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Title: A Flexible Framework for Learning Visual Quality Control from Human Operators
Authors: Sannen, Davy
Van Brussel, Hendrik
Issue Date: May-2009
Host Document: Proceedings of 4th International Conference on Optical Measurement Techniques for Structures and Systems, Abstract Book
Conference: International Conference on Optical Measurement Techniques for Structures and Systems edition:4 location:Antwerp date:25-26 May 2009
Abstract: The most flexible and effective way to reproduce the human cognitive abilities needed to automate the complex decision tasks in production processes, such as visual quality control, is by learning these tasks from human experts. This paper presents a novel image classification framework in which the human operators, who currently perform the task by hand, can directly train the system. Special emphasis is placed on the general applicability of the framework to arbitrary surface inspection problems.

The different processing steps within this framework are highlighted, starting from a generic interface to remove application-specific elements of the images produced by the vision system towards the upstream processing steps, in the form of so-called "deviation images", indicating potential defects in the images. After the identification of relevant Regions Of Interest (ROIs), the images are described using different generic features which can be organised in a hierarchical form, depending on the users' input. For instance, an operator can classify an entire image as being defective or could provide more detailed information about each of the identified ROIs. It is shown how these different levels of input can be integrated into the learning system. A number of trainable classifiers (including decision trees, Bayesian and clustering-based classifiers) is evaluated and it is shown how a more detailed user input can improve the predictive accuracy of these classifiers. Finally, ways the system can cope with input from different, possibly contradicting operators are highlighted. This is done using so-called ensemble techniques, which integrate the predictions of a set of classifiers into a combined decision.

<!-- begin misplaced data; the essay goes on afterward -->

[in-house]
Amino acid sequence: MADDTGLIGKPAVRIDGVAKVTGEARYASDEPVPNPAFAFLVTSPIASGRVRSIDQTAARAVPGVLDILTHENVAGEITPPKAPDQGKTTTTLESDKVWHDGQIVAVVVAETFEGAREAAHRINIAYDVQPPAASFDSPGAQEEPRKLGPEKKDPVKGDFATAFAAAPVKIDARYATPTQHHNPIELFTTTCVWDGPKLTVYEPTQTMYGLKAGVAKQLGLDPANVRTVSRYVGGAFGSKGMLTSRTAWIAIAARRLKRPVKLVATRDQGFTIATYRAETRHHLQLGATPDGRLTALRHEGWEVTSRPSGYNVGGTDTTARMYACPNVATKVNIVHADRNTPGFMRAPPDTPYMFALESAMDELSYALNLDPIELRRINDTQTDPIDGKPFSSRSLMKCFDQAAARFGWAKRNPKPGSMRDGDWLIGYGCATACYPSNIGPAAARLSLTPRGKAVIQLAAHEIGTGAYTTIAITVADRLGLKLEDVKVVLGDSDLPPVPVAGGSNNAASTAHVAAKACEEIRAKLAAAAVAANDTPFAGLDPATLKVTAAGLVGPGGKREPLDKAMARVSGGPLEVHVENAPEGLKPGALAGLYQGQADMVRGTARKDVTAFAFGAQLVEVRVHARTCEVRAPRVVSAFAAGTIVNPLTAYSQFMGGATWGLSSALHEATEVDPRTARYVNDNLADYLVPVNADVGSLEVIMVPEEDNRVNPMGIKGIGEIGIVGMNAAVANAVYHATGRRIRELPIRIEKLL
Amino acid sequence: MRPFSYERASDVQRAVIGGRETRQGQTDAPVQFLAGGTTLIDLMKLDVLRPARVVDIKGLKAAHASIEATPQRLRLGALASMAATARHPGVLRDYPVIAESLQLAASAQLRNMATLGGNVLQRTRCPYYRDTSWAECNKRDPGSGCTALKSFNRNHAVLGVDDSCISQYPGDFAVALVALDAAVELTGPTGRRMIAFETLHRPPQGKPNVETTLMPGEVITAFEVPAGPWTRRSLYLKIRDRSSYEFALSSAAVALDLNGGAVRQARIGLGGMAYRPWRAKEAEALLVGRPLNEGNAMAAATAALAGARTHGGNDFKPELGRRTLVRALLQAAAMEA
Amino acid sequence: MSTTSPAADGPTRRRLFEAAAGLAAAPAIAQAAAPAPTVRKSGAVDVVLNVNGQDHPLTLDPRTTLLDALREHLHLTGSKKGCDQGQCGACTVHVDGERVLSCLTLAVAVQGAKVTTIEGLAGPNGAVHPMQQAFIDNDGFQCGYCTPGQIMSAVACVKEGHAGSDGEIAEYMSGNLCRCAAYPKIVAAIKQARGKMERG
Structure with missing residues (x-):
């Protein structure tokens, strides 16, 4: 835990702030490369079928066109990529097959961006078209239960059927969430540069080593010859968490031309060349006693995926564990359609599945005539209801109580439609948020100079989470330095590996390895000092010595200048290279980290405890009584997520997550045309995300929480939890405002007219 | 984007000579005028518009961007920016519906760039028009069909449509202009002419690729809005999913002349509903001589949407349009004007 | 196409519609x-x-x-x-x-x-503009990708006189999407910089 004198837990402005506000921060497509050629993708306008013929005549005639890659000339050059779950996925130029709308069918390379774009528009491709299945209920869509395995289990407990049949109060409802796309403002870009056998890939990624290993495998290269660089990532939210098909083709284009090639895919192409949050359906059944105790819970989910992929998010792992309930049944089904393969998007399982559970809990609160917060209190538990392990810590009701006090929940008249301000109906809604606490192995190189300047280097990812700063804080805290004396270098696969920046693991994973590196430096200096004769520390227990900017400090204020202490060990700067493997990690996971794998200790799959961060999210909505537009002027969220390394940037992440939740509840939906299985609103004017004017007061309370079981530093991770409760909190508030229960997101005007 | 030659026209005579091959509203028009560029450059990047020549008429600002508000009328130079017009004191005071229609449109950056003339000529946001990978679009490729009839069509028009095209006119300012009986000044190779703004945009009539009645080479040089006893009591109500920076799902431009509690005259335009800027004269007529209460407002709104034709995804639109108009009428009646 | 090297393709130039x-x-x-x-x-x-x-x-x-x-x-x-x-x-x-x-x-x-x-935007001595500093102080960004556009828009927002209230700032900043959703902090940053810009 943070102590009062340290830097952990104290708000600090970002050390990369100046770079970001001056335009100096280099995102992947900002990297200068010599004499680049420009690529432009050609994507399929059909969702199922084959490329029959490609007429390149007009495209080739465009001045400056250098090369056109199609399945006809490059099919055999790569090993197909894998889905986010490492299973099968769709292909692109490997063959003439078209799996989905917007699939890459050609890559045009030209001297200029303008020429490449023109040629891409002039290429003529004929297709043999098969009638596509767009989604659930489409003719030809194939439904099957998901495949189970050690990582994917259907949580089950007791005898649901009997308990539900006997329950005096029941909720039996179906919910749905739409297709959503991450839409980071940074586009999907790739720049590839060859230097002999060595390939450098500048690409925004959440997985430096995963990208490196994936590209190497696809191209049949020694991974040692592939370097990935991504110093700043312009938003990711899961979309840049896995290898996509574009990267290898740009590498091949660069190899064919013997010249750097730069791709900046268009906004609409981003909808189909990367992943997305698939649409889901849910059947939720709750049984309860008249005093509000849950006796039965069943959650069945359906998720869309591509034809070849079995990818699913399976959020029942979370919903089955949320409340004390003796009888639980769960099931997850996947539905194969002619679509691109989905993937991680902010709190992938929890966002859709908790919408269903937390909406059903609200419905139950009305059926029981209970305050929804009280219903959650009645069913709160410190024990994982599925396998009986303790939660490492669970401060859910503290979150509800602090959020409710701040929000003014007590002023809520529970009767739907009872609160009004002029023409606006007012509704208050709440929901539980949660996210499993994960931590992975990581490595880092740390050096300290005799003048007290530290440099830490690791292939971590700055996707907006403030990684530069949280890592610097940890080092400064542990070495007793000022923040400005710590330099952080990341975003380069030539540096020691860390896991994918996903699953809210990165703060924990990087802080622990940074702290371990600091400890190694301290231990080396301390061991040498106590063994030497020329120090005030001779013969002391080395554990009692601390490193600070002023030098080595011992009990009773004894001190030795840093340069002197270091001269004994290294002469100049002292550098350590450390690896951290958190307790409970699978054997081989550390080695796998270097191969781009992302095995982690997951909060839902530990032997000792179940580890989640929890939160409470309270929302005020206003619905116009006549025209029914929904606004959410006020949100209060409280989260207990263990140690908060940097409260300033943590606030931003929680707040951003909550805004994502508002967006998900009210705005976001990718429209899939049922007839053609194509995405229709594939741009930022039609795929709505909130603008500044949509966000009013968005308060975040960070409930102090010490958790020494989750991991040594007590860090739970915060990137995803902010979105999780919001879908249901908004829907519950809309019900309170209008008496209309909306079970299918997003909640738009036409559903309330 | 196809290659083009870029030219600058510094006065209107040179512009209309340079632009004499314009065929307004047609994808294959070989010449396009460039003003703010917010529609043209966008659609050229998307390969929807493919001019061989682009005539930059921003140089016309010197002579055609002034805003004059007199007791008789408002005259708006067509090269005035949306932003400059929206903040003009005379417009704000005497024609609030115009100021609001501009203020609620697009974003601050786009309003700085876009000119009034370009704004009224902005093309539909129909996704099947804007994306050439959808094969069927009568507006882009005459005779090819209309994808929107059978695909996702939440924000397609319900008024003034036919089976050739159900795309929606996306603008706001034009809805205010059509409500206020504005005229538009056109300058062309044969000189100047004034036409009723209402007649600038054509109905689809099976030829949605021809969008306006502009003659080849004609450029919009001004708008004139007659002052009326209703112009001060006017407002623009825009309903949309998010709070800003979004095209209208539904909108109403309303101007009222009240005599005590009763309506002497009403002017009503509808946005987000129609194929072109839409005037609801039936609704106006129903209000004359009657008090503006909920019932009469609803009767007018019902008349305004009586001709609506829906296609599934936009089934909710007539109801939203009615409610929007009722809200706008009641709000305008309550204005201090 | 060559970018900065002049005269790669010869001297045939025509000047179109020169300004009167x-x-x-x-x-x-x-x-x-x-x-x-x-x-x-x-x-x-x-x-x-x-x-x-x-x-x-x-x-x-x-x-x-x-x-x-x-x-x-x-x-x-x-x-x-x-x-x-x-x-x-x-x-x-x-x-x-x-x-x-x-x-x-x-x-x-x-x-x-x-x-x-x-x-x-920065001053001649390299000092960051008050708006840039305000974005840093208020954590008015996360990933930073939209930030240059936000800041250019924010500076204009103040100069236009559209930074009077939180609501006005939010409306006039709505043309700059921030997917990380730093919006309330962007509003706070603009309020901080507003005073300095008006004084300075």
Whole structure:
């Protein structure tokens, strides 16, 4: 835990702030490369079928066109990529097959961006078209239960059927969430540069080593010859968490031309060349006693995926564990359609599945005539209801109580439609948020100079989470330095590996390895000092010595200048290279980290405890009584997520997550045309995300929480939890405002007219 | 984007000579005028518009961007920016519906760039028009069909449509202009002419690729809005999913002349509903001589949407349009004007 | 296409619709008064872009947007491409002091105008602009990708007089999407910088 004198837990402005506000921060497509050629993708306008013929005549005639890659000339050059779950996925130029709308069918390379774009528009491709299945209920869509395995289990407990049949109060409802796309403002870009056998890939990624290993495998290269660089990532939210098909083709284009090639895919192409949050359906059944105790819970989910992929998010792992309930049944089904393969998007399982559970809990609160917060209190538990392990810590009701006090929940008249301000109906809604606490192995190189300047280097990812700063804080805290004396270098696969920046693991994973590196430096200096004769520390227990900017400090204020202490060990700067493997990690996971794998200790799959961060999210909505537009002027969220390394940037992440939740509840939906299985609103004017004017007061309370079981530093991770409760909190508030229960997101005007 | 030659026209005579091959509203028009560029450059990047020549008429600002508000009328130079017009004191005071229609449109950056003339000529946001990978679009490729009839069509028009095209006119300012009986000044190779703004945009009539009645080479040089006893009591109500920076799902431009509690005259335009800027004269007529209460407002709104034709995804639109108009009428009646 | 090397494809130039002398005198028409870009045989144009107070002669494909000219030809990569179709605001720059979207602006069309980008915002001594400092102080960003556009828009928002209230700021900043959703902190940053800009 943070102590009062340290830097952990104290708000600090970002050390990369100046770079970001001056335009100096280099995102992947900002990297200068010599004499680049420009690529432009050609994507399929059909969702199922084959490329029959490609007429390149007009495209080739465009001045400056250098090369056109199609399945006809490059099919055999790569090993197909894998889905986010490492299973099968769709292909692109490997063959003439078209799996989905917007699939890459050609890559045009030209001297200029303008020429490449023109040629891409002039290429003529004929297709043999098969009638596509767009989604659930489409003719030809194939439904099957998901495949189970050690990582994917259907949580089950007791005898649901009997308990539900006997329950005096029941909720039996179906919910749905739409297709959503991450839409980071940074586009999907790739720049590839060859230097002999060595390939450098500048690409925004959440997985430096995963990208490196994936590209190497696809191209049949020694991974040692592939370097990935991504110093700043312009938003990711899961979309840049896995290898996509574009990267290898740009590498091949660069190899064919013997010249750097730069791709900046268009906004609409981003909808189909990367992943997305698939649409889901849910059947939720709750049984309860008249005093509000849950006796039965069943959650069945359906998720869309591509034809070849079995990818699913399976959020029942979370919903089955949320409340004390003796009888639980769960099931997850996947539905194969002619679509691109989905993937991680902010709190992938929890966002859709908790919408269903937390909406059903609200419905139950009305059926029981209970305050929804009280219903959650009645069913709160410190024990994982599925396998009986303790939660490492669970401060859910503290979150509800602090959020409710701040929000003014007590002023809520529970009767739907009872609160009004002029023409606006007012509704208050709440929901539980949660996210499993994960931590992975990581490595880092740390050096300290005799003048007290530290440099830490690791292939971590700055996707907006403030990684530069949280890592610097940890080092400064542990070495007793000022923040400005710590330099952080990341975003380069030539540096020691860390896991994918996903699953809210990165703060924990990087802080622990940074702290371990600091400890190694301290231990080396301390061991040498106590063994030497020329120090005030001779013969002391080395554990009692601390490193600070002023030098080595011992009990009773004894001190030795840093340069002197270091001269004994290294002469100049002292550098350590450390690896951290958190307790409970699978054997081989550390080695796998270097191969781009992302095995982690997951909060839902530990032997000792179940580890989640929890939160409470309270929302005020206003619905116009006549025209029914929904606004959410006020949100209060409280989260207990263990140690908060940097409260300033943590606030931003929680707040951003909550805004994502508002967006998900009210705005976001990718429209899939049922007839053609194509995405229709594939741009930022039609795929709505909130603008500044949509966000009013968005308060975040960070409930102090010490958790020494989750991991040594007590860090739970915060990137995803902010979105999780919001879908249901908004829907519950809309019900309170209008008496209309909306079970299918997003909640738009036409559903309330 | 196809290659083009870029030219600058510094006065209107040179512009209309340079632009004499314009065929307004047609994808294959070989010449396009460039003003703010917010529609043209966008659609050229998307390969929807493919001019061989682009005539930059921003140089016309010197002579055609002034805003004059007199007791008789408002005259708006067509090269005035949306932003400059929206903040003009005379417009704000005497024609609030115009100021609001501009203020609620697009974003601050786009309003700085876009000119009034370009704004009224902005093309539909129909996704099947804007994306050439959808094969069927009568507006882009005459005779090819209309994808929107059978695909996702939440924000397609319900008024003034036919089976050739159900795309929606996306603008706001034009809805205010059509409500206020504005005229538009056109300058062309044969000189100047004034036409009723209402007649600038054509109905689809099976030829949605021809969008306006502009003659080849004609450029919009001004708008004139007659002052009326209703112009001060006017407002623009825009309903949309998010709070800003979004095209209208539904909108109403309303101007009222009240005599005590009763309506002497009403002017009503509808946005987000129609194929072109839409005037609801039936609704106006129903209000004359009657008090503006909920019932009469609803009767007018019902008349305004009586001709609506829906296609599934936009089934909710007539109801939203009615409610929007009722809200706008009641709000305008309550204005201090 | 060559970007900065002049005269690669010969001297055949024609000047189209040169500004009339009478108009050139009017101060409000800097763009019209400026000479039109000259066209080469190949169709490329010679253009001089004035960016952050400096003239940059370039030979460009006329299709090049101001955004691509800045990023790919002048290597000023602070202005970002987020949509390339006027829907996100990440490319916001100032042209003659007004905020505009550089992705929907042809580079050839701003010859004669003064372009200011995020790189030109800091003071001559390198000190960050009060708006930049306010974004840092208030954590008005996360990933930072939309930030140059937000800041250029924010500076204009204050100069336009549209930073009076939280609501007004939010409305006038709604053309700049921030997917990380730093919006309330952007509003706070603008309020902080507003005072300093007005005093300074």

Classification results are presented for a number of different visual surface inspection tasks, including inspection of CD imprints, eggs, rotors and bearings. The improvement of the predictive accuracy is shown which can be achieved by incorporating the different levels of user input for these applications.
Publication status: published
KU Leuven publication type: IMa
Appears in Collections:Production Engineering, Machine Design and Automation (PMA) Section

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